Muhammad Abdu'h, a liberal Islamic reformer and teacher, had already spent some time with Abdu'l-Baha in the 1880s and was greatly influenced by his teachings. On Abdu'h's return to Egypt after his exile he was appointed as the Grand Mufti of Egypt, became a leading teacher at al-Azhar University, and became well recognized in Egypt as one of its greatest thinkers and reformers. He was also the editor-in-chief of the Egyptian Government's official gazette Al Waqa'le Al Masriyya before his exile in 1882. He had always extended warm welcome and respect for Abdu'l-Baha in spite of opposition by some of the more conservative and insular elements of the Egyptian society at that time. Over the years, he continued communication and correspondence with Abdu'l-Baha. Those early free thinkers had seen clearly that the teachings of Baha'u'llah would provide the necessary salvation for the ills of the Egyptian society. In addition to calling for political and language reforms, he also attempted to reform al-Azhar and the Islamic (Shariah) laws, but his plans, however, were undermined and opposed by those who were insular and hungry for leadership and power, both political and religious.

Imam Muhammad Abdu'h Khairallah

Many other Egyptians were attracted to Abdu'l-Baha during his sojourn there, leading to steady growth of the Baha'i community through the mid-1920s. In addition to those from the country's Muslim religious majority, others accepting the Baha'i Faith came from diverse backgrounds and different religious minorities such as Coptic Christian, Kurdish and Armenian. They were residents of several important cities, which were frequented by Abdu'l-Baha, such as Cairo, Port-Said, Alexandria and Ismailia. When Abdu'l-Baha passed away in 1921, the Egyptian press provided extensive coverage of his funeral and showed a great deal of admiration and respect for his person.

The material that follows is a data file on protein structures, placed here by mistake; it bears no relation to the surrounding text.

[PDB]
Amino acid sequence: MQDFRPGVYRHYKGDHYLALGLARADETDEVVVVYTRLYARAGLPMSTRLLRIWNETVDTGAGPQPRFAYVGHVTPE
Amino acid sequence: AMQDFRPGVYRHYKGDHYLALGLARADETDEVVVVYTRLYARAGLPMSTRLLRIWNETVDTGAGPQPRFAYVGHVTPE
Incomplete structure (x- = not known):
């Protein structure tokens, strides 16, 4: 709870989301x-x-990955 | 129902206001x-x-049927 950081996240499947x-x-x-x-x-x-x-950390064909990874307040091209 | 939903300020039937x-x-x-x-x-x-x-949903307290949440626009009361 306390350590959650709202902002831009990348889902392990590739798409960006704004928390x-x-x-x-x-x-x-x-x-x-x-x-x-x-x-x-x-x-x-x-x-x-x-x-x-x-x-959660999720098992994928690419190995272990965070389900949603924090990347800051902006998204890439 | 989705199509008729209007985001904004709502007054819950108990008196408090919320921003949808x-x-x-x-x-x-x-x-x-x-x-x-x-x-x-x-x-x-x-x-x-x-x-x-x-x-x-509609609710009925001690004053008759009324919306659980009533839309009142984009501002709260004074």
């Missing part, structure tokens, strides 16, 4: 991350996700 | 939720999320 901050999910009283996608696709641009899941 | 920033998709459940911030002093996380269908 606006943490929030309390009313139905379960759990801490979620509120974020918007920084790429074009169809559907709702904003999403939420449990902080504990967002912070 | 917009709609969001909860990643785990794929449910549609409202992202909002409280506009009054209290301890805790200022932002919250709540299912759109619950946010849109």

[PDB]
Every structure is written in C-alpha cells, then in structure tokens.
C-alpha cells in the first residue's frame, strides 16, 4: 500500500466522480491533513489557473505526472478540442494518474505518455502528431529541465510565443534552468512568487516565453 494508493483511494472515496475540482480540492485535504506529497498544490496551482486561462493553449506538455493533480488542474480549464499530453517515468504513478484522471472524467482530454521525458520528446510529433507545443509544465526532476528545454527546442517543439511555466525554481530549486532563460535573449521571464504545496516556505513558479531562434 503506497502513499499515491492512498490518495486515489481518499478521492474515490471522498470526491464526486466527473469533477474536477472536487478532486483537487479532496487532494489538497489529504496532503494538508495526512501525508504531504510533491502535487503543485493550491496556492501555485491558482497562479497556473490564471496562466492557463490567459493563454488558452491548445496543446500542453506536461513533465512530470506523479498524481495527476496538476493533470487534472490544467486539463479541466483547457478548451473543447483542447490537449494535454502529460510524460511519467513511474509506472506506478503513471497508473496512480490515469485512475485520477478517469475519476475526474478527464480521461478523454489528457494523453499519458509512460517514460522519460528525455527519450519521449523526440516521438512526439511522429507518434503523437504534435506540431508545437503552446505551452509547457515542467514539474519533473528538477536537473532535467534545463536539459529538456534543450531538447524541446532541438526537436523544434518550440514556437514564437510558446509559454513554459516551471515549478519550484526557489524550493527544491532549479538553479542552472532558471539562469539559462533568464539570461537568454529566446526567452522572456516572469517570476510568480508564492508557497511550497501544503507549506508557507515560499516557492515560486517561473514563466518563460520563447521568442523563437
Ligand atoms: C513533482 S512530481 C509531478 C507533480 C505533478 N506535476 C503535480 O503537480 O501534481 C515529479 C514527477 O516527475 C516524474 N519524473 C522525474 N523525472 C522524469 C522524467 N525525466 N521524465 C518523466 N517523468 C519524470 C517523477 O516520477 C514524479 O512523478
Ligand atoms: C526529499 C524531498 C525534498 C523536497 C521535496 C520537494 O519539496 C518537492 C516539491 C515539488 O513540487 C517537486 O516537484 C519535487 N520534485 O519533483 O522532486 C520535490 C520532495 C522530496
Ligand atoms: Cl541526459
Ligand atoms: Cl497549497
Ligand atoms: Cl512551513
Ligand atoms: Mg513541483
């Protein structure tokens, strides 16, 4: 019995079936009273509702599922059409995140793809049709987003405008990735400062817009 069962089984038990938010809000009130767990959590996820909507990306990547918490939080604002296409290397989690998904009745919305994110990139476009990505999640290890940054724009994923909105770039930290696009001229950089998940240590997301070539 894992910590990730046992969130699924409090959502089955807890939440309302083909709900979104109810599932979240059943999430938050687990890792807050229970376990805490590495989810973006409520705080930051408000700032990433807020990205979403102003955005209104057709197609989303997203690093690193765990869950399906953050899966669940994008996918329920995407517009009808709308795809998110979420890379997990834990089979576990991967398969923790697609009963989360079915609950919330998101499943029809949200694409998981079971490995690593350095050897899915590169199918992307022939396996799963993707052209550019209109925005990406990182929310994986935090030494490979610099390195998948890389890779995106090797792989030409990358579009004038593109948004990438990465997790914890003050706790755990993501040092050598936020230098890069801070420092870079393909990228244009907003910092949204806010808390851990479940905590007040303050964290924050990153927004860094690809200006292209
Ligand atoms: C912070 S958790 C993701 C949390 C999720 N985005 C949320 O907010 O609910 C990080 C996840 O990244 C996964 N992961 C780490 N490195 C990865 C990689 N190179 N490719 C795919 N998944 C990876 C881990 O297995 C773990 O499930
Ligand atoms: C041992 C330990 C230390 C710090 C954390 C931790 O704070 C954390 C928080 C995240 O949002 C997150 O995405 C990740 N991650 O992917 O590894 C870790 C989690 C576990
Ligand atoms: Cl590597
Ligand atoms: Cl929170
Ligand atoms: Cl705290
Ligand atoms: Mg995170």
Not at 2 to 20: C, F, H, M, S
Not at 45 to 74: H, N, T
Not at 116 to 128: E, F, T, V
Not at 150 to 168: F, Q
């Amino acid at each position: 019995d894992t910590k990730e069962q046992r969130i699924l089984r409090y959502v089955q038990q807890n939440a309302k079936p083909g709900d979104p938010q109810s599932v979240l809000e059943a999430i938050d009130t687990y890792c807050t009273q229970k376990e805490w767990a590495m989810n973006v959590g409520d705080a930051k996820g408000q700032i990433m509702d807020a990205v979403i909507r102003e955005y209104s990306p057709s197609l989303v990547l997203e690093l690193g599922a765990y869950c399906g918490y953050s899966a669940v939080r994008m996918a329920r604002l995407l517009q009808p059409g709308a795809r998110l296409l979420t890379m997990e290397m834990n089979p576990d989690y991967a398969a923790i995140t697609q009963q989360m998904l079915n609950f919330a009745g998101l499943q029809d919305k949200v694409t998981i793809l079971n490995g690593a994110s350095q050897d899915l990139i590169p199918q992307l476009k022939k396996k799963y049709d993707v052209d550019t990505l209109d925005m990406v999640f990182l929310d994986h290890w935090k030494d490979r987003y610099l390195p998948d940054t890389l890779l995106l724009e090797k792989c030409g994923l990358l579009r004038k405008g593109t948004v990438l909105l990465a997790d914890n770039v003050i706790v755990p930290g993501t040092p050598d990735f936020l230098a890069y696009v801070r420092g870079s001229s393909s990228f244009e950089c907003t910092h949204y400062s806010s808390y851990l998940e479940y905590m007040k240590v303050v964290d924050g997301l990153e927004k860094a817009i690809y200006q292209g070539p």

The influence, strength and prosperity of the Baha'i community in Egypt in those early days was so significant to the extent that the Egyptian Bahai's were able to participate in contributing funds towards the construction of the first Baha'i House of Worship in the west which was being built in Wilmette, Illinois north of the city of Chicago. The first National Spiritual Assembly of the Baha'is of Egypt was formed in 1924, a sign of the maturation of that Baha'i community enabling it to elect the highest administrative body on a national level. Subsequently, several Local Spiritual Assemblies were also elected in cities were the Baha'i population was large enough to allow the establishment such local administrative institutions. (Ref.2)

3 comments:

george wesley said...

What an incredibly valuable history of the Faith in Egypt you are outlining! To read the Abdu'l-Baha was extolled in the Egyptian press at the time of his passing is very moving. How would the Egypian journalists of that day view the present circumstance for reporting on the Baha'i Faith?

Marco said...

Great post!
I think Mirza Haydar Ali, one of the early believers, also visited Egypt.

Anonymous said...

As a Moslem I am proud that the leadership of Al-Azhar in Egypt was open-minded and was a source of light to the world. It is time that the Moslem world go back to its original Islamic teachings of enlightenment, tolerance, compassion, and sacrifice for the well being of others (not sacrifice to kill or hurt others). I hope that a new generation of Moslem scholars will arise to support the original teachings of Islam and dispell all the hatred that eminates from the dark side of those who have lost their way to true Islam.
Mahmoud in Alberta, Canada